I think I would try to do it with a two-armed bearing and wheel puller rather than trying to rethread the crank while it’s attached to the axle and hub. Also, I don’t know what that thread dimension is. If you can get it off with the bearing puller by grabbing it from behind then you can throw the crank in the trash where it probably belongs or get it rethreaded then.
Here are some images of wheel and bearing pullers available in most autoparts stores for not too much money. Maybe you can borrow one from a shop or a friend. I think the one in the upper left hand corner is a two arm. A three arm might work but I think the long part of the crank might get in the way.
After you manage to get the crank removed it should be possible to get those threads retapped to clean them up. A good bike shop should have a tap of the right size. It’s not unusual to strip those threads so a good bike shop should already have the tools.
If the threads are really chewed up it might be necessary to use a helicoil. I’m pretty sure there are standard helicoils for that thread size. But if you have to go through the trouble of putting a helicoil in then it might be easier to just get a new crank if it’s not an expensive crank. And again, a good bike shop should have the right helicoil and be able to install it.
Oh oh, I got the tool (thanks guys) now here’s problem #2
The bottom of the crank - that the 'armm’s of the tool fit onto are rounded. there is little room between the bearing and the crank. the tool ceeps slipping. resting the ‘legs’ on the other side of the bearing would fit, but this will pull the bearing and crank off together (in theory)
My limited experience doesn’t allow me to decide on my own if this would be hazerdous to the bearing.
Is it a good idea to just try and ‘cut’ the crank arm off? Maybe a grinding disc, or juigsaw? I’m thinking a cut down to the spindle to the top spindle flat, the the right. This would take off the whole corner , and, in theory, have the crank fall off.
the bearing is bigger than the crank. A hacksaw or jigsaw can’t fit in to make a easy cut. Maybe diagonal cutting?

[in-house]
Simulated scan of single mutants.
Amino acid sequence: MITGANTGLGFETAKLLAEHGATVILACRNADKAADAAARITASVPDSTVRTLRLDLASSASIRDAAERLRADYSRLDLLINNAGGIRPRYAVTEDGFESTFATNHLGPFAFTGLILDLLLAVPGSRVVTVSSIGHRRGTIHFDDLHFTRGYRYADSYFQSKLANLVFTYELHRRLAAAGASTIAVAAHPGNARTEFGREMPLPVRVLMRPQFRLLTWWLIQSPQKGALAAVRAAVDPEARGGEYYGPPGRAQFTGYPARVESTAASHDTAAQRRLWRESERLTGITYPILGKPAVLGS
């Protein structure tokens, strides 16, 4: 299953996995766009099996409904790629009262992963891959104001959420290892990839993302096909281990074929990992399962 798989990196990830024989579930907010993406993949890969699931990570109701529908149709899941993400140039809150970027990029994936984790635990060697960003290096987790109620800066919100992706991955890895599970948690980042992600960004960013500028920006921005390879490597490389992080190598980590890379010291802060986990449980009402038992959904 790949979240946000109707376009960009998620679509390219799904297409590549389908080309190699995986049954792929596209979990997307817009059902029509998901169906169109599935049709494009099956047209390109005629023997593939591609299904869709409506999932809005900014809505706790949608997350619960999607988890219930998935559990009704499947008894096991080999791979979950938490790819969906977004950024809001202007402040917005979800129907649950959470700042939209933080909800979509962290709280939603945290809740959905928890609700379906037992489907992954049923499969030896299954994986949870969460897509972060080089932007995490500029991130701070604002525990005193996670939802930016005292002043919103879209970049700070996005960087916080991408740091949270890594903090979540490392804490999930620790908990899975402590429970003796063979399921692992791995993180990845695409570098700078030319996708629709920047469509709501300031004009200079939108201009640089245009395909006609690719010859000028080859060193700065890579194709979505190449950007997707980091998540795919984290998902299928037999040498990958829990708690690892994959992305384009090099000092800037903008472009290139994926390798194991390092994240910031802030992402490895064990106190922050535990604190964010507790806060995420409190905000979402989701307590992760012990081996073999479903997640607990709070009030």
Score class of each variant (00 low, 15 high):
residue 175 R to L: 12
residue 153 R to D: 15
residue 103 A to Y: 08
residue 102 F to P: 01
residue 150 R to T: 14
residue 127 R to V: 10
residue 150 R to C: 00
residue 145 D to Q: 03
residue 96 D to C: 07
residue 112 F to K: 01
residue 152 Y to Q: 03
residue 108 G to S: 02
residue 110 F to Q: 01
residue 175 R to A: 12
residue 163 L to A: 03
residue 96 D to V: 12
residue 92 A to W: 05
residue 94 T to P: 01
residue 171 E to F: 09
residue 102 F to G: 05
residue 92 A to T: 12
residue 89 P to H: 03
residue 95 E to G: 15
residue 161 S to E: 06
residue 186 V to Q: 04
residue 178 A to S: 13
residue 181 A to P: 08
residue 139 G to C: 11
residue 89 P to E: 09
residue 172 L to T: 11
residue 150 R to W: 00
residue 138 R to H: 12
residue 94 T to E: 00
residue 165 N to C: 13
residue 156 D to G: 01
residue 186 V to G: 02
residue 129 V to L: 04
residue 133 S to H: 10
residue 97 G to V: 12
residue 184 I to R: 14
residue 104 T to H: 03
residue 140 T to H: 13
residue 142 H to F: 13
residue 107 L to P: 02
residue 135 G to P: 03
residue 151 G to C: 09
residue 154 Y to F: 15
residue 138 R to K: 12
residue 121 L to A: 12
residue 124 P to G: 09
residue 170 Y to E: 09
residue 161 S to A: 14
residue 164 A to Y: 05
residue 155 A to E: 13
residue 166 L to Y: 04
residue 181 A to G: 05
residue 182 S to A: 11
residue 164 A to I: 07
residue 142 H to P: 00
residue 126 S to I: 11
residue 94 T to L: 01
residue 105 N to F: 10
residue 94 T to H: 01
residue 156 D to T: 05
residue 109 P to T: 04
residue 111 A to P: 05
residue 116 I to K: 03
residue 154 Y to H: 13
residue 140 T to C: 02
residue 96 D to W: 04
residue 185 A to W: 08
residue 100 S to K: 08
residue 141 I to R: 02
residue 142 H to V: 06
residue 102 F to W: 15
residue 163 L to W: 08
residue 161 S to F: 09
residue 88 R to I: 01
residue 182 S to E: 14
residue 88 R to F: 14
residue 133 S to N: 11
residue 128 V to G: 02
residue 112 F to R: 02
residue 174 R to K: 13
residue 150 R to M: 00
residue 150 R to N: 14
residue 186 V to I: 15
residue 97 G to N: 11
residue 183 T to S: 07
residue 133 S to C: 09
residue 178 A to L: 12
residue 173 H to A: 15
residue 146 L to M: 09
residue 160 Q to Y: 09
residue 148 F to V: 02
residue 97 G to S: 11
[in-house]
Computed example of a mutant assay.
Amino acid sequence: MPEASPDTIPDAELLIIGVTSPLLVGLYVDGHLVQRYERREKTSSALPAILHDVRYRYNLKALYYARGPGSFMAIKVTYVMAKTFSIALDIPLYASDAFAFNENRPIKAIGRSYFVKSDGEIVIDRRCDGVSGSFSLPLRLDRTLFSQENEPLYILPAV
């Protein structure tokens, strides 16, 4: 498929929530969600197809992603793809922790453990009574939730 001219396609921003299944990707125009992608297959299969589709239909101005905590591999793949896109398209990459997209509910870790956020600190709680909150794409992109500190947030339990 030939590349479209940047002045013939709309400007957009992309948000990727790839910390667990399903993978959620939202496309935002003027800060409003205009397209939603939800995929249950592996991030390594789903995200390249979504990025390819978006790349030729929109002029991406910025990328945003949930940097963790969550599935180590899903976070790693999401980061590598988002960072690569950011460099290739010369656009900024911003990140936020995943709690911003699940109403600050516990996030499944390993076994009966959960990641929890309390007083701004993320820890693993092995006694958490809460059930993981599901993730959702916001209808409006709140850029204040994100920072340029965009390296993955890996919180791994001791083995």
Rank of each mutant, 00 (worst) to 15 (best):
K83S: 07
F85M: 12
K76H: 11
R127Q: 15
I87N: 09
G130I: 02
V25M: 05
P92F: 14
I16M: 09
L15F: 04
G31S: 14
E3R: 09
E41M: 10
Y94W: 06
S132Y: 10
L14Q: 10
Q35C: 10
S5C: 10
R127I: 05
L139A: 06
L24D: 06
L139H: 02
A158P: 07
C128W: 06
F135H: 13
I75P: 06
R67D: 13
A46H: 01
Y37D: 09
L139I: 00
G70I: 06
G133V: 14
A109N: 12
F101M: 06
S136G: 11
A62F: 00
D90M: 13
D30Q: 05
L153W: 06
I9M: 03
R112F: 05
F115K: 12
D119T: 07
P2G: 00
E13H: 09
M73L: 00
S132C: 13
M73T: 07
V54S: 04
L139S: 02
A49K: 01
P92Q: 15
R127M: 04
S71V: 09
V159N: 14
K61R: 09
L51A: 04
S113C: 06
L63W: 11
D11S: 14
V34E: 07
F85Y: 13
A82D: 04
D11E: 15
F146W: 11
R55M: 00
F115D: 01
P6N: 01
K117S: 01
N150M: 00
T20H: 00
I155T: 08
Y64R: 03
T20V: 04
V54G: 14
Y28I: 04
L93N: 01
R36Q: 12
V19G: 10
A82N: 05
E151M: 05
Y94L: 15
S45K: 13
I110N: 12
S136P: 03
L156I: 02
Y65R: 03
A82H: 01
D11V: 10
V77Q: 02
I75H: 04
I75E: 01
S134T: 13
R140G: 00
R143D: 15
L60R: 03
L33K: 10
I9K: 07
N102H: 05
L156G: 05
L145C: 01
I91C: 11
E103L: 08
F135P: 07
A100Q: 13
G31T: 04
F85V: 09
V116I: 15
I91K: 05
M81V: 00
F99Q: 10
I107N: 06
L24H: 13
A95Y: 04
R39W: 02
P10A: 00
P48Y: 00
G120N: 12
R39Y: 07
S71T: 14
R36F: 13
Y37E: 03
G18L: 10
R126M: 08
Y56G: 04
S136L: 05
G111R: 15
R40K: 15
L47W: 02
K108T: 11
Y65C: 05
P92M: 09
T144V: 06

If you can’t use pedal motion to loosen the crank you could try alternately tapping each side of the crank end with a rubber mallet to mimic pedal pressure. Make sure it’s made of rubber, plastic or leather and not metal - I know you no longer care about marking the crank but a metal hammer could stress the axle and cause it to break later. Don’t wallop it hard assuming one blow will fix it, just use medium weight and lots of taps to slowly work it loose. Be patient and the taper of the pyramid axle will work the axle off.
If the mallet doesn’t work then you will probably have to pull the crank by pulling the bearing as well. You might get lucky and not damage the bearing. But even if you do, a bearing is not that hard to replace - much easier and cheaper than a new axle.
Of course if its a profile splined axle you could bang away at it all day and it’ll never come loose this way - only the bearing puller will work.
Bad idea to use any kind of saw. Too easy to misjudge or slip. Put a notch anywhere on the axle and you’ll set up a weak point where the axle will eventually break.
What about one of those tool marking etchers? You know, the ones that vibrate and make a hellacious noise and then scratch your name onto hardened metal tools. I wonder if that would work the crank loose. I think maybe all of the energy would be dissipated at the surface because the frequency is so high. Maybe an orbital sander with just the pad. That’s a longer stroke and lower frequency and larger surface area.
OK, Sofa. Get something wedged in between the bearing and the crank to pre-stress the crank. A wooden wedge maybe. Then press an orbital sander pad up against the crank and vibrate the hell out of it.
You may be able to clean up the threads with a
“thread restoring” or “thread repair” file, followed
by a tap.
Machining->Taps and Dies
Machining->Thread Restoring Tools
You’ll probably want a “hand tap”, one without
the pointy end on it. You need to measure the
hole diameter with inside calipers, and the
thread pitch with a thread pitch gauge in order
to select the correct tap/file size. Most of this
stuff should be available at auto parts stores.
It may be less hassle to take the Uni to an
automotive machine shop and have them
do the job. I’d expect they could do it
for $20-$30, about the cost of the tools
Sometimes auto repair shops think unicycles are cool and will help for free.
I still like the idea of vibrating it off. If you have someone to help you and you don’t like the wooden wedge idea to pre-stress the crank, try this as a vibrating aid. Have your assistant place the blade of a large (largest possible) screwdriver against the INNER race of the bearing. There should be a stop on the axle so the bearing won’t go in towards the hub. Pry between the INNER race and the crank while you vibrate it. I think it will work loose like that in a jiffy (where a jiffy is an undefined but reasonably short period of time).
I did grind off a crank once. It took forever and I had the use of a good 4
1/2 inch angle grinder. I did it with a sanding disc because that is what I
had handy. I was careful to only grind just far enough to not quite hit the
spindle. I found I did not have to quite grind through the crank as the
grinder made so much heat that the crank worked loose before I was actually
grinding on the spindle. I do not recommend this method except as a last
resort. I do not know what the heat of the grinding might do to your bearings,
although bearings can be replaced. My bearings were not harmed. It was a
A propane torch might be better. Try some Liquid Wrench or other penetrating